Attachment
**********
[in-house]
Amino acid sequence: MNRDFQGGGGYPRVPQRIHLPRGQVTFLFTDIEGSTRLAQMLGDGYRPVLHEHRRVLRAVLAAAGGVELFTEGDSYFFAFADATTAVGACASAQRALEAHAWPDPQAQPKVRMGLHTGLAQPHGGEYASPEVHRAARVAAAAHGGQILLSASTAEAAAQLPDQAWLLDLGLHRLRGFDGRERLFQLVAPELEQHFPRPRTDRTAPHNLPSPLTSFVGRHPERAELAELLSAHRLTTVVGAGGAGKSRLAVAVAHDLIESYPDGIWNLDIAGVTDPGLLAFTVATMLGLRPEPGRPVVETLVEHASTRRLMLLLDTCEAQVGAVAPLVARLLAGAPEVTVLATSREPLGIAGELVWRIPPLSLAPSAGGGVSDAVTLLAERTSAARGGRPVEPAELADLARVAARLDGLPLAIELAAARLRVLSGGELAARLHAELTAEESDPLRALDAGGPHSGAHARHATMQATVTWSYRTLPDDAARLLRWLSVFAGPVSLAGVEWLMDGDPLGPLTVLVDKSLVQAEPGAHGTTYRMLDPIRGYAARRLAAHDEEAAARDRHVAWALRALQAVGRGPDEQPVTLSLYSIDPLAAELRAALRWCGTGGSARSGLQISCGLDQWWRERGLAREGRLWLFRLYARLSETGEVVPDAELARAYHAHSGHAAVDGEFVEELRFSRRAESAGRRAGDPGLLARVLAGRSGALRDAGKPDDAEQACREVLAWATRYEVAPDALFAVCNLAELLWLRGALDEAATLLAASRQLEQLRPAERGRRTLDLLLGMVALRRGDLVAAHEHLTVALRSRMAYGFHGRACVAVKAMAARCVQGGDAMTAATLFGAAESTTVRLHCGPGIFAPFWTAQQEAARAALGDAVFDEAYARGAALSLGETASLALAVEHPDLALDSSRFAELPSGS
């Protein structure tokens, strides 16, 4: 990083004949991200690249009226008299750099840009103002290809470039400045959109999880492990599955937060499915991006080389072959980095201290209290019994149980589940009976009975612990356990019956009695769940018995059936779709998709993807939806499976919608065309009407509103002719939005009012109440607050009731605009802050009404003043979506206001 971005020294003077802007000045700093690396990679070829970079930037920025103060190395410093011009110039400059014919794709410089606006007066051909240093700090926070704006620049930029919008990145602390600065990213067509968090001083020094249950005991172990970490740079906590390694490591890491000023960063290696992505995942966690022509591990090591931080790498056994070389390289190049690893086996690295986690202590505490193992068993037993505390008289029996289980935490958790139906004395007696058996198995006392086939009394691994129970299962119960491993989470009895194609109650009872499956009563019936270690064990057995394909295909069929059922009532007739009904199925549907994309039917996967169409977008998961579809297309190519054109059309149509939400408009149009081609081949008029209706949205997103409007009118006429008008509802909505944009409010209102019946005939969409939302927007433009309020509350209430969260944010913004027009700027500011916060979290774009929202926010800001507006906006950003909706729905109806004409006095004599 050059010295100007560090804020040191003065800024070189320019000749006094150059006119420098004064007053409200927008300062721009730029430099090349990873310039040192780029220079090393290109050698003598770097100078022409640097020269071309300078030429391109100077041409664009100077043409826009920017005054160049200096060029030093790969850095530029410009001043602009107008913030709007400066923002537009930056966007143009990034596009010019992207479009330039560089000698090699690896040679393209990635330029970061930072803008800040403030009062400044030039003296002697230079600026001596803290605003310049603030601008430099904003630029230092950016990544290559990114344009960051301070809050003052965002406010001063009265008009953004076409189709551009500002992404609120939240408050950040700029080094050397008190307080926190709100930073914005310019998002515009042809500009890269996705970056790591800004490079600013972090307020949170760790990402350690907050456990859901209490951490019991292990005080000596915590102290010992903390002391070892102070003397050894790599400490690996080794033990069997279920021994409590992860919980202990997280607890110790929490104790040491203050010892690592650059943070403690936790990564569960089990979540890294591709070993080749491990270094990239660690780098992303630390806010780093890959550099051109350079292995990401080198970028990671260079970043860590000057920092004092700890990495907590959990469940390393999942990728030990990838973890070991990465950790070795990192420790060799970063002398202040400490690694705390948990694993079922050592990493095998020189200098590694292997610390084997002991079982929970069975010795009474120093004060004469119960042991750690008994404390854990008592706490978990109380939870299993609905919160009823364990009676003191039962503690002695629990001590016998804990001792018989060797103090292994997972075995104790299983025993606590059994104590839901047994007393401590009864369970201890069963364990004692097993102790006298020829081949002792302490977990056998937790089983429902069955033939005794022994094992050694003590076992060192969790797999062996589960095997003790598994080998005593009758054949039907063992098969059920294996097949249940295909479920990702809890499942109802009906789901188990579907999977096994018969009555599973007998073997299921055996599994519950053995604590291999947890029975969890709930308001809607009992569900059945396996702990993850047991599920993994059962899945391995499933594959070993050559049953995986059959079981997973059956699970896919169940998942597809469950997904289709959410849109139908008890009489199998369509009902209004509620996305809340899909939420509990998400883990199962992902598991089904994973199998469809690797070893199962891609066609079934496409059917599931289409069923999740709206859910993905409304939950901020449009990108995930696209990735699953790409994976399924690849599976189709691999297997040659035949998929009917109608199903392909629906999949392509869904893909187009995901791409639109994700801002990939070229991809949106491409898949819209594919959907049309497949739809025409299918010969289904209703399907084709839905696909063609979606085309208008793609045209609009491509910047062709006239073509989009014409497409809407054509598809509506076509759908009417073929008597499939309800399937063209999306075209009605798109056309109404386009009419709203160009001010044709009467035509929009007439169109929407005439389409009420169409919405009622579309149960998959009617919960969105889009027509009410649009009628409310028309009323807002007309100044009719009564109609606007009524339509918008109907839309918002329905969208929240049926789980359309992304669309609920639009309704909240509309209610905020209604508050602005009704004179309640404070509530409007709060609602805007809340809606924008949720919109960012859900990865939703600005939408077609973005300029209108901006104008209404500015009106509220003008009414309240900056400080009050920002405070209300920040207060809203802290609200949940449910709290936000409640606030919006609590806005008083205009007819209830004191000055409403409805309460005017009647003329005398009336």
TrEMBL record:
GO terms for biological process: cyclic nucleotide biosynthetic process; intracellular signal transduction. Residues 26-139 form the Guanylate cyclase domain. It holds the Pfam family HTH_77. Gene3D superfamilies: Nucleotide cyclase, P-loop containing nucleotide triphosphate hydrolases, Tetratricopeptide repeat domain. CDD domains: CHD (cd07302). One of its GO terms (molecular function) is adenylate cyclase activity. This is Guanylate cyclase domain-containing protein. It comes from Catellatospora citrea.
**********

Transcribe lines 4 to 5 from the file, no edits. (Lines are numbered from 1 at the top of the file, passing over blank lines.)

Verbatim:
TrEMBL record:
GO terms for biological process: cyclic nucleotide biosynthetic process; intracellular signal transduction. Residues 26-139 form the Guanylate cyclase domain. It holds the Pfam family HTH_77. Gene3D superfamilies: Nucleotide cyclase, P-loop containing nucleotide triphosphate hydrolases, Tetratricopeptide repeat domain. CDD domains: CHD (cd07302). One of its GO terms (molecular function) is adenylate cyclase activity. This is Guanylate cyclase domain-containing protein. It comes from Catellatospora citrea.